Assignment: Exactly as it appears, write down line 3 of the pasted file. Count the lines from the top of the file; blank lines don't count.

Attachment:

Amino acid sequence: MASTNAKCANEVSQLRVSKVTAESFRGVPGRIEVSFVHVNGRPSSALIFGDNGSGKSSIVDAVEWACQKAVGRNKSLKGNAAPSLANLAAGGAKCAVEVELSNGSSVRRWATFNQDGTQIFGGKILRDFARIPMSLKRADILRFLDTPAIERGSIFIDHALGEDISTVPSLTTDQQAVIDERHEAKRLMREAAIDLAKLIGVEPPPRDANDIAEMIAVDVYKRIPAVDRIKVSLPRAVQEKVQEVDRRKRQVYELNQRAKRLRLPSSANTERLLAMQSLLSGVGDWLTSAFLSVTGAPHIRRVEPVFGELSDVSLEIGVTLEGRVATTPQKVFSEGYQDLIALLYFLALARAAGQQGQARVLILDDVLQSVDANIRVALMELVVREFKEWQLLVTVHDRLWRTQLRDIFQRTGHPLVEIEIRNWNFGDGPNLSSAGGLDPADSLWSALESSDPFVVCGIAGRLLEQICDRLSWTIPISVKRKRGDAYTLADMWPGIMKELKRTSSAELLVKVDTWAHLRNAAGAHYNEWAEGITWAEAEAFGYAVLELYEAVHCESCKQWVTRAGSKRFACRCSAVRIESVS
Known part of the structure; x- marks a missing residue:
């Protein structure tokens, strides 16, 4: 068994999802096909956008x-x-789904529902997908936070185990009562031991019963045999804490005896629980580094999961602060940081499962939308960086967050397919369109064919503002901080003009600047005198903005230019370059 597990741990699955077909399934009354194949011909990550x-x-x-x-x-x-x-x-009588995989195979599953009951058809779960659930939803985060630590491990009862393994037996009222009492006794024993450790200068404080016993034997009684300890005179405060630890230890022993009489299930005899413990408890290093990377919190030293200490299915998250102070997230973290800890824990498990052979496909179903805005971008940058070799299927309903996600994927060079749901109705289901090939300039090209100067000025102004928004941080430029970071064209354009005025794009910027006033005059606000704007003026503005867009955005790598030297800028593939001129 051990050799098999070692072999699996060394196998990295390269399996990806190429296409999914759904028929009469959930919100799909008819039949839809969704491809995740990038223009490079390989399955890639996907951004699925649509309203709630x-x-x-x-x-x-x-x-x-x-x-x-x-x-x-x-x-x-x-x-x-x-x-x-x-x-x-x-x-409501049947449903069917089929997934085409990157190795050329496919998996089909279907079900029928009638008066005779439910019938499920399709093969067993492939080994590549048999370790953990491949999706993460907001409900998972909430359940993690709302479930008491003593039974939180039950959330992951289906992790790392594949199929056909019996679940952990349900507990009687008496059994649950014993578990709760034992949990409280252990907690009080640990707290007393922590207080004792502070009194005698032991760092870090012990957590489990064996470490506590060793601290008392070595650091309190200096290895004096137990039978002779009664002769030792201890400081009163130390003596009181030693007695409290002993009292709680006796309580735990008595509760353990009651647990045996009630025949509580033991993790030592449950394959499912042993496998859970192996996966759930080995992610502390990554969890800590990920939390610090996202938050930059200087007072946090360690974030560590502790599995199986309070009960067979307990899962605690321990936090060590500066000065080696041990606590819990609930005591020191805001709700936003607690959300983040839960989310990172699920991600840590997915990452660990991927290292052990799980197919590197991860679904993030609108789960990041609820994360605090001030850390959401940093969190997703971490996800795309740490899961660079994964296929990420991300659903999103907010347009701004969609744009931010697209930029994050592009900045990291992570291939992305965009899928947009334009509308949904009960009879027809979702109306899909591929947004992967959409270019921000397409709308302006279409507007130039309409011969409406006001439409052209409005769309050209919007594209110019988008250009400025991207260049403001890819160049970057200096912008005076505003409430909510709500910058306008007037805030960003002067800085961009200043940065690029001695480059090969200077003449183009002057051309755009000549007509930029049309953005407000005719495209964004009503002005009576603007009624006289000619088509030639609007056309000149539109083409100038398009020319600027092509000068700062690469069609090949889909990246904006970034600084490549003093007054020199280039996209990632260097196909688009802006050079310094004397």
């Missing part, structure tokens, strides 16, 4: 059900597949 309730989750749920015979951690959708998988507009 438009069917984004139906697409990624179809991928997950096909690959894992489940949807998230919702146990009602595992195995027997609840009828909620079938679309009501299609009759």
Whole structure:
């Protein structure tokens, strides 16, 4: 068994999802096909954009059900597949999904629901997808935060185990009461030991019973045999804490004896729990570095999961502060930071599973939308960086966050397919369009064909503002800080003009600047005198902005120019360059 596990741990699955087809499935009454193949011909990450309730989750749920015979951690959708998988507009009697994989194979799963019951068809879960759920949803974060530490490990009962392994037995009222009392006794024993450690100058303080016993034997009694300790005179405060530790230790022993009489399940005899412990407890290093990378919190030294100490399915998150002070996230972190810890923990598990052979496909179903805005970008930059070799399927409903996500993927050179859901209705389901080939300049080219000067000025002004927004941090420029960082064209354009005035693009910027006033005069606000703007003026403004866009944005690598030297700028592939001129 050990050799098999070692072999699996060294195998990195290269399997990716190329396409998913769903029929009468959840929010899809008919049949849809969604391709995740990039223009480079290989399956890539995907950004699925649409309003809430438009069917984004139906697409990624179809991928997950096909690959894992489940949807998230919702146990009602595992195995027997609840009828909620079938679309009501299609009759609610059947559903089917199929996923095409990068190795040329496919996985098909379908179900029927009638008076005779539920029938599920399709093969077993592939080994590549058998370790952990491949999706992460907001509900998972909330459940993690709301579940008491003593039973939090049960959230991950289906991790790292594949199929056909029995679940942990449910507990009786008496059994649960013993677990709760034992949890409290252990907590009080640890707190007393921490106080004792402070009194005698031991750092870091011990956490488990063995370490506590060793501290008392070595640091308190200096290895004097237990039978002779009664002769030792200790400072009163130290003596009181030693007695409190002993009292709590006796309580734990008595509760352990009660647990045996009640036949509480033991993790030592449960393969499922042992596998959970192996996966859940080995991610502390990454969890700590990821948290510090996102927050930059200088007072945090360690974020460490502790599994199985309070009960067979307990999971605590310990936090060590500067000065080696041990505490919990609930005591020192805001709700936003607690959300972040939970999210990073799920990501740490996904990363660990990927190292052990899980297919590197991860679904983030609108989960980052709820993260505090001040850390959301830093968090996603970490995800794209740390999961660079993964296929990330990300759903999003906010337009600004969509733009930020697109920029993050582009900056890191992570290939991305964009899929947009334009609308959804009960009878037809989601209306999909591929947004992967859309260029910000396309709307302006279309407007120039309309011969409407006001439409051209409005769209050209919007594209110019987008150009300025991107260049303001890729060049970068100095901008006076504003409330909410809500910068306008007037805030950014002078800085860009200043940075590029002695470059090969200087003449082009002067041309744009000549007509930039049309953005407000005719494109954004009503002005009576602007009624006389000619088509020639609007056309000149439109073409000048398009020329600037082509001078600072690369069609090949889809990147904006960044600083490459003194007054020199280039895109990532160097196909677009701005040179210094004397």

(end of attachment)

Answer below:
């Protein structure tokens, strides 16, 4: 068994999802096909956008x-x-789904529902997908936070185990009562031991019963045999804490005896629980580094999961602060940081499962939308960086967050397919369109064919503002901080003009600047005198903005230019370059 597990741990699955077909399934009354194949011909990550x-x-x-x-x-x-x-x-009588995989195979599953009951058809779960659930939803985060630590491990009862393994037996009222009492006794024993450790200068404080016993034997009684300890005179405060630890230890022993009489299930005899413990408890290093990377919190030293200490299915998250102070997230973290800890824990498990052979496909179903805005971008940058070799299927309903996600994927060079749901109705289901090939300039090209100067000025102004928004941080430029970071064209354009005025794009910027006033005059606000704007003026503005867009955005790598030297800028593939001129 051990050799098999070692072999699996060394196998990295390269399996990806190429296409999914759904028929009469959930919100799909008819039949839809969704491809995740990038223009490079390989399955890639996907951004699925649509309203709630x-x-x-x-x-x-x-x-x-x-x-x-x-x-x-x-x-x-x-x-x-x-x-x-x-x-x-x-x-409501049947449903069917089929997934085409990157190795050329496919998996089909279907079900029928009638008066005779439910019938499920399709093969067993492939080994590549048999370790953990491949999706993460907001409900998972909430359940993690709302479930008491003593039974939180039950959330992951289906992790790392594949199929056909019996679940952990349900507990009687008496059994649950014993578990709760034992949990409280252990907690009080640990707290007393922590207080004792502070009194005698032991760092870090012990957590489990064996470490506590060793601290008392070595650091309190200096290895004096137990039978002779009664002769030792201890400081009163130390003596009181030693007695409290002993009292709680006796309580735990008595509760353990009651647990045996009630025949509580033991993790030592449950394959499912042993496998859970192996996966759930080995992610502390990554969890800590990920939390610090996202938050930059200087007072946090360690974030560590502790599995199986309070009960067979307990899962605690321990936090060590500066000065080696041990606590819990609930005591020191805001709700936003607690959300983040839960989310990172699920991600840590997915990452660990991927290292052990799980197919590197991860679904993030609108789960990041609820994360605090001030850390959401940093969190997703971490996800795309740490899961660079994964296929990420991300659903999103907010347009701004969609744009931010697209930029994050592009900045990291992570291939992305965009899928947009334009509308949904009960009879027809979702109306899909591929947004992967959409270019921000397409709308302006279409507007130039309409011969409406006001439409052209409005769309050209919007594209110019988008250009400025991207260049403001890819160049970057200096912008005076505003409430909510709500910058306008007037805030960003002067800085961009200043940065690029001695480059090969200077003449183009002057051309755009000549007509930029049309953005407000005719495209964004009503002005009576603007009624006289000619088509030639609007056309000149539109083409100038398009020319600027092509000068700062690469069609090949889909990246904006970034600084490549003093007054020199280039996209990632260097196909688009802006050079310094004397």